Electrical Engineering
      and Computer Sciences

Electrical Engineering and Computer Sciences

COLLEGE OF ENGINEERING

UC Berkeley

Theory of a Helical Resonator Plasma Source

Michael A. Lieberman, Allan J. Lichtenberg and D.L. Flamm

EECS Department
University of California, Berkeley
Technical Report No. UCB/ERL M90/10
1990

A helical resonator plasma source is a resonant, slow wave, plasma-loaded structure consisting of a cylindrical plasma surrounded by a helical coil which, in turn, is surrounded by a grounded coaxial cylinder. Such sources can be efficiently matched to an external power source and can operate at low gas pressures. We employ a developed sheath helix model, in which the cylindrical geometry is unfolded into a rectangular geometry and the RF current in the helix wires is replaced by a continuous current sheet, to obtain the dispersion characteristics (Beta versus omega, where Beta is the axial wavenumber and omega is the frequency) for the slow waves, their electric and magnetic fields, and the scaling of the dispersion and fields with source parameters and geometry. We use a quasistatic approximation to obtain the fields in a cylindrical structure and including plasma collisions. These results are then used to calculate the stochastic heating, which dominates at low pressures, and the ohmic heating, which dominates at high pressures. We determine the resulting plasma density, loaded resonator Q, and source coupling. The theory is compared to some preliminary experimental results.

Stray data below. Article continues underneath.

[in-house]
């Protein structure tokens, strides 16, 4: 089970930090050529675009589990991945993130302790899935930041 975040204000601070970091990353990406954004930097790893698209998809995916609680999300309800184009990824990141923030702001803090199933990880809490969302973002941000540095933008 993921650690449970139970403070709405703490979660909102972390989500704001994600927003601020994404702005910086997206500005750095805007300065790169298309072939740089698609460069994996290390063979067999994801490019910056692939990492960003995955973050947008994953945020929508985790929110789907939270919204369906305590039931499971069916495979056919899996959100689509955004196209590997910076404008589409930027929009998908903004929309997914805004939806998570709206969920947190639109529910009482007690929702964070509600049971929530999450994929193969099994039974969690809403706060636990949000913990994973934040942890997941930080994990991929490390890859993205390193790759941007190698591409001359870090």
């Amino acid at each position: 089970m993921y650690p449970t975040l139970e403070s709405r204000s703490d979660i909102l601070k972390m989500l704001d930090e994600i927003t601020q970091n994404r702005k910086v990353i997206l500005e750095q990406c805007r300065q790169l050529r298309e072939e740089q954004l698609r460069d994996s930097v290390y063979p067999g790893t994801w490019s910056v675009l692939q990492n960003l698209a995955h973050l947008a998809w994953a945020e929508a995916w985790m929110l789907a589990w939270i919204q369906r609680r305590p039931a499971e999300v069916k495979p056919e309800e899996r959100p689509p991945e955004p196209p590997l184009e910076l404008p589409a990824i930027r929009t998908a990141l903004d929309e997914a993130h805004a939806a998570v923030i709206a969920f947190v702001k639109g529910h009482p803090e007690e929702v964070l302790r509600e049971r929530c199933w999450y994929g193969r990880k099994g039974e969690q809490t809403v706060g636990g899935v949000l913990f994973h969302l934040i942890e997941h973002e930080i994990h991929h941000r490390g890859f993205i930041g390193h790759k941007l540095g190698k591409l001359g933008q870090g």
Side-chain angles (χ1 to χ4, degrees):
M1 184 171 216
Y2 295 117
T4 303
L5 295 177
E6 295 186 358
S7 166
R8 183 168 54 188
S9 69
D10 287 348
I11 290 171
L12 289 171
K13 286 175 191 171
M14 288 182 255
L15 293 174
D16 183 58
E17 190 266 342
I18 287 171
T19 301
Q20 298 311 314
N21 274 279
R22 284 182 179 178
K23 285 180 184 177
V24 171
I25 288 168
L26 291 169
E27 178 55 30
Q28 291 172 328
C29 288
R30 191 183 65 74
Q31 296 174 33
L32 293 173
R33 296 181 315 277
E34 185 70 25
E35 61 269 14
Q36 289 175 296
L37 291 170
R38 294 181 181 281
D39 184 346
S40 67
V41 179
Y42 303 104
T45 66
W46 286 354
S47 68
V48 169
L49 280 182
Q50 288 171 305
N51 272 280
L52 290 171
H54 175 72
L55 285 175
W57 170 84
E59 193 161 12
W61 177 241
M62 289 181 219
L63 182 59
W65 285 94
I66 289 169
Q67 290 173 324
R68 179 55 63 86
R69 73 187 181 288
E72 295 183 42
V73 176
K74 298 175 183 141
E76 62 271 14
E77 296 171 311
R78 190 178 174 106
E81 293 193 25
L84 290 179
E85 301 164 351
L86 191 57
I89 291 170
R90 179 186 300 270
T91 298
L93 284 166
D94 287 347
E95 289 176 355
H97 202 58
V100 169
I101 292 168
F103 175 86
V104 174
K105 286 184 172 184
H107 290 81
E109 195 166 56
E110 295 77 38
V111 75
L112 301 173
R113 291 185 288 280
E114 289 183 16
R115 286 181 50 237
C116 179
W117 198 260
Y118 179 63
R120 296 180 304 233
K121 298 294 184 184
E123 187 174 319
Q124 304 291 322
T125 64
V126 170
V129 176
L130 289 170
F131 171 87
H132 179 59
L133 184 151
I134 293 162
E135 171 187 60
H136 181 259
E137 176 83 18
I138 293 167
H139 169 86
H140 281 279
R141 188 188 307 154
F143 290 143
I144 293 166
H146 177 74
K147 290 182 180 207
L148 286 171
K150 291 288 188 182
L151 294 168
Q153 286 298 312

BibTeX citation:

@techreport{Lieberman:M90/10,
    Author = {Lieberman, Michael A. and Lichtenberg, Allan J. and Flamm, D.L.},
    Title = {Theory of a Helical Resonator Plasma Source},
    Institution = {EECS Department, University of California, Berkeley},
    Year = {1990},
    URL = {http://www.eecs.berkeley.edu/Pubs/TechRpts/1990/1408.html},
    Number = {UCB/ERL M90/10},
    Abstract = {A helical resonator plasma source is a resonant, slow wave, plasma-loaded structure consisting of a cylindrical plasma surrounded by a helical coil which, in turn, is surrounded by a grounded coaxial cylinder.  Such sources can be efficiently matched to an external power source and can operate at low gas pressures.  We employ a developed sheath helix model, in which the cylindrical geometry is unfolded into a rectangular geometry and the RF current in the helix wires is replaced by a continuous current sheet, to obtain the dispersion characteristics (Beta versus omega, where Beta is the axial wavenumber and omega is the frequency) for the slow waves, their electric and magnetic fields, and the scaling of the dispersion and fields with source parameters and geometry.  We use a quasistatic approximation to obtain the fields in a cylindrical structure and including plasma collisions.  These results are then used to calculate the stochastic heating, which dominates at low pressures, and the ohmic heating, which dominates at high pressures.  We determine the resulting plasma density, loaded resonator Q, and source coupling.  The theory is compared to some preliminary experimental results.}
}

EndNote citation:

%0 Report
%A Lieberman, Michael A.
%A Lichtenberg, Allan J.
%A Flamm, D.L.
%T Theory of a Helical Resonator Plasma Source
%I EECS Department, University of California, Berkeley
%D 1990
%@ UCB/ERL M90/10
%U http://www.eecs.berkeley.edu/Pubs/TechRpts/1990/1408.html
%F Lieberman:M90/10